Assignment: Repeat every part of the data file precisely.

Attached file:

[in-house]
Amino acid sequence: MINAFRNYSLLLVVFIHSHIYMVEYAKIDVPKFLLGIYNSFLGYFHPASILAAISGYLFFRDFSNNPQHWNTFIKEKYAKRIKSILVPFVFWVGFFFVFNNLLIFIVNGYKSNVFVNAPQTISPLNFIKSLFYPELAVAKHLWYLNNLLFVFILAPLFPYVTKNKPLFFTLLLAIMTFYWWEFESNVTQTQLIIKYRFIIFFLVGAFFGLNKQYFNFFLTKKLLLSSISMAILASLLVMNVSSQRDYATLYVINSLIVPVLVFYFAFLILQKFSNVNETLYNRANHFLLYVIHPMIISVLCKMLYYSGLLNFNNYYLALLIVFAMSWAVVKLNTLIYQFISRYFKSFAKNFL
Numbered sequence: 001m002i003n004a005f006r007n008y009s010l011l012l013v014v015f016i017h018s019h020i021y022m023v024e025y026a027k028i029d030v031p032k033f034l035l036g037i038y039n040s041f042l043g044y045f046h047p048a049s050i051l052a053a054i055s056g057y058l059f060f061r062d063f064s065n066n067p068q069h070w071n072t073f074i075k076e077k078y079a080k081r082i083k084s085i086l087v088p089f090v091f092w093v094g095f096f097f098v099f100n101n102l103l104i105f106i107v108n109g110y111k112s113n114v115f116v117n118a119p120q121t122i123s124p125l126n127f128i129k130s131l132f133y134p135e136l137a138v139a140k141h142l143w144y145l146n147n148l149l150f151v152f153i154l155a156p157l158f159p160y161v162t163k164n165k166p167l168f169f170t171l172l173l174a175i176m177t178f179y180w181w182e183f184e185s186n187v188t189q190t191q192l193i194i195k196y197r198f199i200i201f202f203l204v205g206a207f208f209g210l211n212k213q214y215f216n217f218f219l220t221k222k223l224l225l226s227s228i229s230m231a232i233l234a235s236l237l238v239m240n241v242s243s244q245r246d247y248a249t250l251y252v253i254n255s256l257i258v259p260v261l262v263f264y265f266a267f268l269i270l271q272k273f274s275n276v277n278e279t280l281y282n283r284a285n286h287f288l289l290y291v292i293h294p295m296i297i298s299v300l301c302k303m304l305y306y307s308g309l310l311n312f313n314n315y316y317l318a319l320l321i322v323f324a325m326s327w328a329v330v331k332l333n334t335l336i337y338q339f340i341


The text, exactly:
[in-house]
Amino acid sequence: MINAFRNYSLLLVVFIHSHIYMVEYAKIDVPKFLLGIYNSFLGYFHPASILAAISGYLFFRDFSNNPQHWNTFIKEKYAKRIKSILVPFVFWVGFFFVFNNLLIFIVNGYKSNVFVNAPQTISPLNFIKSLFYPELAVAKHLWYLNNLLFVFILAPLFPYVTKNKPLFFTLLLAIMTFYWWEFESNVTQTQLIIKYRFIIFFLVGAFFGLNKQYFNFFLTKKLLLSSISMAILASLLVMNVSSQRDYATLYVINSLIVPVLVFYFAFLILQKFSNVNETLYNRANHFLLYVIHPMIISVLCKMLYYSGLLNFNNYYLALLIVFAMSWAVVKLNTLIYQFISRYFKSFAKNFL
Numbered sequence: 001m002i003n004a005f006r007n008y009s010l011l012l013v014v015f016i017h018s019h020i021y022m023v024e025y026a027k028i029d030v031p032k033f034l035l036g037i038y039n040s041f042l043g044y045f046h047p048a049s050i051l052a053a054i055s056g057y058l059f060f061r062d063f064s065n066n067p068q069h070w071n072t073f074i075k076e077k078y079a080k081r082i083k084s085i086l087v088p089f090v091f092w093v094g095f096f097f098v099f100n101n102l103l104i105f106i107v108n109g110y111k112s113n114v115f116v117n118a119p120q121t122i123s124p125l126n127f128i129k130s131l132f133y134p135e136l137a138v139a140k141h142l143w144y145l146n147n148l149l150f151v152f153i154l155a156p157l158f159p160y161v162t163k164n165k166p167l168f169f170t171l172l173l174a175i176m177t178f179y180w181w182e183f184e185s186n187v188t189q190t191q192l193i194i195k196y197r198f199i200i201f202f203l204v205g206a207f208f209g210l211n212k213q214y215f216n217f218f219l220t221k222k223l224l225l226s227s228i229s230m231a232i233l234a235s236l237l238v239m240n241v242s243s244q245r246d247y248a249t250l251y252v253i254n255s256l257i258v259p260v261l262v263f264y265f266a267f268l269i270l271q272k273f274s275n276v277n278e279t280l281y282n283r284a285n286h287f288l289l290y291v292i293h294p295m296i297i298s299v300l301c302k303m304l305y306y307s308g309l310l311n312f313n314n315y316y317l318a319l320l321i322v323f324a325m326s327w328a329v330v331k332l333n334t335l336i337y338q339f340i341